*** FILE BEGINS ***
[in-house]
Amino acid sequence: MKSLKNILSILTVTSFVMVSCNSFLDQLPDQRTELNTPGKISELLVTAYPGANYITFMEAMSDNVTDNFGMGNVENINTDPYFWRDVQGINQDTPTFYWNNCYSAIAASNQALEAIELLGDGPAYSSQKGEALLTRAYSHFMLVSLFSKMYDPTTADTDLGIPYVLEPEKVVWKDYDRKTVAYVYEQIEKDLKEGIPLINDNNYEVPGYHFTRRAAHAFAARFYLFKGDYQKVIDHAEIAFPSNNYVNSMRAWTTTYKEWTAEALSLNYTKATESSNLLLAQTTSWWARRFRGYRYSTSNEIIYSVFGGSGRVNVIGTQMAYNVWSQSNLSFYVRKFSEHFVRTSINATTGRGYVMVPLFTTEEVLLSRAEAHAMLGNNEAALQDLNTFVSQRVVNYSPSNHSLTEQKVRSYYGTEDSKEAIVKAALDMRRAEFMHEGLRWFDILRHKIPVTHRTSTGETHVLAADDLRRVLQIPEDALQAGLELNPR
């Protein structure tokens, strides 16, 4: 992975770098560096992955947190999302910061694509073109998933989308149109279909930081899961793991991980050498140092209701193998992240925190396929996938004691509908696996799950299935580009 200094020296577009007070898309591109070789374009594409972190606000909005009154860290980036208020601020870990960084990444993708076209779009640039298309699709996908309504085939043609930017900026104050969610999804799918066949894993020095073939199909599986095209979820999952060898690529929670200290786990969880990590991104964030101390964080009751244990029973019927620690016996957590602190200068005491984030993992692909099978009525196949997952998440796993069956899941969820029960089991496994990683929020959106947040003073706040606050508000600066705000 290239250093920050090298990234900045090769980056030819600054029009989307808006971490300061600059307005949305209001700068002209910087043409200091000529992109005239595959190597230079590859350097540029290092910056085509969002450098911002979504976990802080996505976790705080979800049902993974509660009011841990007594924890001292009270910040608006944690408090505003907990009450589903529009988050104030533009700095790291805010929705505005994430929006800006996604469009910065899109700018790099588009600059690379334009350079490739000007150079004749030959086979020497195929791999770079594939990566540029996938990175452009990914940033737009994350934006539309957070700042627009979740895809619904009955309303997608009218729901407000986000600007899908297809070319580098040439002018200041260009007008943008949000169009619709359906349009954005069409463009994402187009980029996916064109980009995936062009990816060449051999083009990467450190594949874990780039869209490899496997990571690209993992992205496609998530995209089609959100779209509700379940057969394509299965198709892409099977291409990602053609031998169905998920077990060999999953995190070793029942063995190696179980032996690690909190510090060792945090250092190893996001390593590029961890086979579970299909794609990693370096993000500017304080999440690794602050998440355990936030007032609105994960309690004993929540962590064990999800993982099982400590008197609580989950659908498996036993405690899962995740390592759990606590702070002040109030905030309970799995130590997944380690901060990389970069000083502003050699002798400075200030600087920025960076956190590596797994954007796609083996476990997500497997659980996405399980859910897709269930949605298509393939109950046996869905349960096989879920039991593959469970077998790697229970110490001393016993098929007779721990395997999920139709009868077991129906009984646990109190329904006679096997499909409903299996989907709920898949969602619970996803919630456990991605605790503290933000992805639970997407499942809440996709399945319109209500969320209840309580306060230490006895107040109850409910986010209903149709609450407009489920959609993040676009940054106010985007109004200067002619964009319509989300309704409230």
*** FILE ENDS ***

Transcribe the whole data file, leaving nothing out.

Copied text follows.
[in-house]
Amino acid sequence: MKSLKNILSILTVTSFVMVSCNSFLDQLPDQRTELNTPGKISELLVTAYPGANYITFMEAMSDNVTDNFGMGNVENINTDPYFWRDVQGINQDTPTFYWNNCYSAIAASNQALEAIELLGDGPAYSSQKGEALLTRAYSHFMLVSLFSKMYDPTTADTDLGIPYVLEPEKVVWKDYDRKTVAYVYEQIEKDLKEGIPLINDNNYEVPGYHFTRRAAHAFAARFYLFKGDYQKVIDHAEIAFPSNNYVNSMRAWTTTYKEWTAEALSLNYTKATESSNLLLAQTTSWWARRFRGYRYSTSNEIIYSVFGGSGRVNVIGTQMAYNVWSQSNLSFYVRKFSEHFVRTSINATTGRGYVMVPLFTTEEVLLSRAEAHAMLGNNEAALQDLNTFVSQRVVNYSPSNHSLTEQKVRSYYGTEDSKEAIVKAALDMRRAEFMHEGLRWFDILRHKIPVTHRTSTGETHVLAADDLRRVLQIPEDALQAGLELNPR
């Protein structure tokens, strides 16, 4: 992975770098560096992955947190999302910061694509073109998933989308149109279909930081899961793991991980050498140092209701193998992240925190396929996938004691509908696996799950299935580009 200094020296577009007070898309591109070789374009594409972190606000909005009154860290980036208020601020870990960084990444993708076209779009640039298309699709996908309504085939043609930017900026104050969610999804799918066949894993020095073939199909599986095209979820999952060898690529929670200290786990969880990590991104964030101390964080009751244990029973019927620690016996957590602190200068005491984030993992692909099978009525196949997952998440796993069956899941969820029960089991496994990683929020959106947040003073706040606050508000600066705000 290239250093920050090298990234900045090769980056030819600054029009989307808006971490300061600059307005949305209001700068002209910087043409200091000529992109005239595959190597230079590859350097540029290092910056085509969002450098911002979504976990802080996505976790705080979800049902993974509660009011841990007594924890001292009270910040608006944690408090505003907990009450589903529009988050104030533009700095790291805010929705505005994430929006800006996604469009910065899109700018790099588009600059690379334009350079490739000007150079004749030959086979020497195929791999770079594939990566540029996938990175452009990914940033737009994350934006539309957070700042627009979740895809619904009955309303997608009218729901407000986000600007899908297809070319580098040439002018200041260009007008943008949000169009619709359906349009954005069409463009994402187009980029996916064109980009995936062009990816060449051999083009990467450190594949874990780039869209490899496997990571690209993992992205496609998530995209089609959100779209509700379940057969394509299965198709892409099977291409990602053609031998169905998920077990060999999953995190070793029942063995190696179980032996690690909190510090060792945090250092190893996001390593590029961890086979579970299909794609990693370096993000500017304080999440690794602050998440355990936030007032609105994960309690004993929540962590064990999800993982099982400590008197609580989950659908498996036993405690899962995740390592759990606590702070002040109030905030309970799995130590997944380690901060990389970069000083502003050699002798400075200030600087920025960076956190590596797994954007796609083996476990997500497997659980996405399980859910897709269930949605298509393939109950046996869905349960096989879920039991593959469970077998790697229970110490001393016993098929007779721990395997999920139709009868077991129906009984646990109190329904006679096997499909409903299996989907709920898949969602619970996803919630456990991605605790503290933000992805639970997407499942809440996709399945319109209500969320209840309580306060230490006895107040109850409910986010209903149709609450407009489920959609993040676009940054106010985007109004200067002619964009319509989300309704409230």